Consumer watchdog warns ISPs over download speed advertising

The consumer watchdog has warned internet providers to improve their advertising of “theoretical” download speeds or face legal action.


Australian Competition and Consumer Commission chairman Graeme Samuel has used a speech to the Australian Telecommunications Users Group annual conference to hit out at ISPs and telecommunications firms over their poor disclosure practices.


“The ACCC is drawing a line in the sand – we’re saying to the poor performers, and there are many of them, mend your ways.”


The ACCC has specifically targeted internet service providers that advertise “theoretical” download speeds, saying it has written to several providers warning them to properly disclose accurate network information.


The warning comes just weeks after a report from communications firm Epitiro showed that the speeds offered by internet service providers are much higher than the speeds actually experienced by users.


“The ACCC has long stated that it believes companies should avoid reference to ‘theoretical maximum’ or ‘peak’ speeds when making broadband speed claims,” Samuel said.


“The ACCC strongly encourages broadband providers to ensure that any broadband speed representations made by them are consistent with actual customer experience.”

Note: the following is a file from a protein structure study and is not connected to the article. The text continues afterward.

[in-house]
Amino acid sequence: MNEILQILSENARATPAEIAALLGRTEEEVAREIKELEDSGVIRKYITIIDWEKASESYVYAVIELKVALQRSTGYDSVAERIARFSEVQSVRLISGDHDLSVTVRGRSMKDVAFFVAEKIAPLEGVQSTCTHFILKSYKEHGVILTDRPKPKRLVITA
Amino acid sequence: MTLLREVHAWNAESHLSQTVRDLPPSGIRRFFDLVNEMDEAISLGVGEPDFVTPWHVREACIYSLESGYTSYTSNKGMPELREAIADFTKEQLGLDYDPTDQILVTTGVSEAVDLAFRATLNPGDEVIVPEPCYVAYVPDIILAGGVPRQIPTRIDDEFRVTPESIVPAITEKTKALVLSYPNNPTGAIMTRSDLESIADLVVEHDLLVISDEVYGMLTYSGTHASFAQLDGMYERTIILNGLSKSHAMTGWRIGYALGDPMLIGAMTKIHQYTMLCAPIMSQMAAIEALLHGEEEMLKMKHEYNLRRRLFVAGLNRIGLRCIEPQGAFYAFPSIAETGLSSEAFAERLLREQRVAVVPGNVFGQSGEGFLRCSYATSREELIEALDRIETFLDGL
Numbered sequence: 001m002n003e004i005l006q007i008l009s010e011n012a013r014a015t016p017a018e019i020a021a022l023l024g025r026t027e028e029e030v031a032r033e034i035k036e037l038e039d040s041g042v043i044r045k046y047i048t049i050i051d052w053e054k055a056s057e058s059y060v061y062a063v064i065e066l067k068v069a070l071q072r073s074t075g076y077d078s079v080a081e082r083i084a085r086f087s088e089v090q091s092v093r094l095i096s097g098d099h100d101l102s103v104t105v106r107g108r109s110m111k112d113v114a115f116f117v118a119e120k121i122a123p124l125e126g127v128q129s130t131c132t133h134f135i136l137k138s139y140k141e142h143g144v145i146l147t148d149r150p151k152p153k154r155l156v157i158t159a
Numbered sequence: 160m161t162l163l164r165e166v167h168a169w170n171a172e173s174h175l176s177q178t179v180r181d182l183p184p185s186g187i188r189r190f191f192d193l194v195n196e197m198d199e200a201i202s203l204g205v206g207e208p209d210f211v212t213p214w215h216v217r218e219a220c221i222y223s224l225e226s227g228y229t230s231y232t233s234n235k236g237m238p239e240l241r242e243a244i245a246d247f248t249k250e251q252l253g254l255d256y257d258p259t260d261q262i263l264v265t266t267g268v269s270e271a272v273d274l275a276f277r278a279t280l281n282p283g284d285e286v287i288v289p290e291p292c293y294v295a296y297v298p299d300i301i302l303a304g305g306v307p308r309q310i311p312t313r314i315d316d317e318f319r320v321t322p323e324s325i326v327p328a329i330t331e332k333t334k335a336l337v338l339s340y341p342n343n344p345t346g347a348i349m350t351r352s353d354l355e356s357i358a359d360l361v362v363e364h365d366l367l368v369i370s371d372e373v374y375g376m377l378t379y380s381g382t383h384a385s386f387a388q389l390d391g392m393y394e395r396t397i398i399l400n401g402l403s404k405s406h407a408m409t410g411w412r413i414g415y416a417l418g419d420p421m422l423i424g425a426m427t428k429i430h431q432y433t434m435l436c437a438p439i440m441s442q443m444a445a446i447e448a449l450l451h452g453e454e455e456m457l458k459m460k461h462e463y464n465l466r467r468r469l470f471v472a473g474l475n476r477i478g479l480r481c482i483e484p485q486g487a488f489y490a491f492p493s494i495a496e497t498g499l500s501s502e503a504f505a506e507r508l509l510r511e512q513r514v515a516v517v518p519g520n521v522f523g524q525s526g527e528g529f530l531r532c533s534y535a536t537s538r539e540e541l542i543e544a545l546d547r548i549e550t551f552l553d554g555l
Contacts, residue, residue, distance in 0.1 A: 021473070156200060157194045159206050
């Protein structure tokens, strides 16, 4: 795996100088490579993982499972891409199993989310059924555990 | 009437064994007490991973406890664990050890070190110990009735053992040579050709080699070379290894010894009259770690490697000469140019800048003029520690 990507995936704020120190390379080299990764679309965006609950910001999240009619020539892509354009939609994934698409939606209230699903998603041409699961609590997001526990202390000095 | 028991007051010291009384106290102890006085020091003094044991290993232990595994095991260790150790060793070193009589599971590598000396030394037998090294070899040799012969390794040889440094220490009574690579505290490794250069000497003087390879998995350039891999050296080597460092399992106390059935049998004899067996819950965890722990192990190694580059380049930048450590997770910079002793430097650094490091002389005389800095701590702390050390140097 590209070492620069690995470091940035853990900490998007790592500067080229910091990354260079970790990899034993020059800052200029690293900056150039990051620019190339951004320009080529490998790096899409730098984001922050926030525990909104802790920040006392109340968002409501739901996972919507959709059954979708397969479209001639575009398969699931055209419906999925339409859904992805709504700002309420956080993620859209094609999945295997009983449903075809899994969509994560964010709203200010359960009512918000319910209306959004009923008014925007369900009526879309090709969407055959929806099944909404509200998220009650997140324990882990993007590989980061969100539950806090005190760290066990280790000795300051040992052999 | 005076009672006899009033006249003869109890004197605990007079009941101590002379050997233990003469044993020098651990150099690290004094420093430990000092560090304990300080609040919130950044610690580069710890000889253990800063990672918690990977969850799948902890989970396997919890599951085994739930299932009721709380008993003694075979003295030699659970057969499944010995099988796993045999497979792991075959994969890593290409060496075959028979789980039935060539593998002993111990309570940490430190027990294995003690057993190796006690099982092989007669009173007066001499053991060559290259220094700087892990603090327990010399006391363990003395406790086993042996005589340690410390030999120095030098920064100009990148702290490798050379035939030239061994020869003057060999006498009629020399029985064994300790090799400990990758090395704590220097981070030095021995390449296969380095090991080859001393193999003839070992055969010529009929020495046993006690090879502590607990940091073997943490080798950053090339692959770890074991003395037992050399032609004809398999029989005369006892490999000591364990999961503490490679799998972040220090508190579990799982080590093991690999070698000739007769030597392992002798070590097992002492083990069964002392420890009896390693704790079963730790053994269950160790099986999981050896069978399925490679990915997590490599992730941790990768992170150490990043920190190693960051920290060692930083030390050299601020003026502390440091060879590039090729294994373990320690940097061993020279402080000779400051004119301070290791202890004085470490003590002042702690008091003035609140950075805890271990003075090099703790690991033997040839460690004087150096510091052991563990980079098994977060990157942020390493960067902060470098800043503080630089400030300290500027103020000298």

Samuel said his warning was the result of a barrage of complaints received by the ACCC about mobile phones, line rentals, internet broadband services, local calls and long distance calls.


Samuel claims the telco industry is the basis of 4000 complaints a year, more than any other sector.


“Today, the ACCC is putting the telecommunications industry on notice. Misleading advertising, unfair contracts, inadequate disclosure and subscription scams are all in the ACCC’s sights. Standards must improve or risk increased scrutiny and action.”


The bulk of the complaints have been about mobile phone services, with several customers claiming they have received “premium” services without any agreement. Other complaints include unclear contract information and difficulties with unsubscribing.


Samuel also says the ACCC will continue to monitor closely providers that advertise “unlimited” text message or call services.


The warning comes just a month after it warned telco TPG that its “unlimited cap saver” mobile offering may have breached the trade practices act.

The watchdog also says it will continue to target publishers of youth magazines for running mobile phone ads it knows are “misleading or deceptive”.


Last month the ACCC pursued legal action against two mobile phone services for alleged misleading advertising.


“To avoid misleading consumers, any qualifications to ‘unlimited’ calls or SMS messages must be clearly stated and not so significant that they negate the overall impression of the ad,” Samuel said.


The ACCC has already written to mobile providers to stop any flow of misleading ads, he said.



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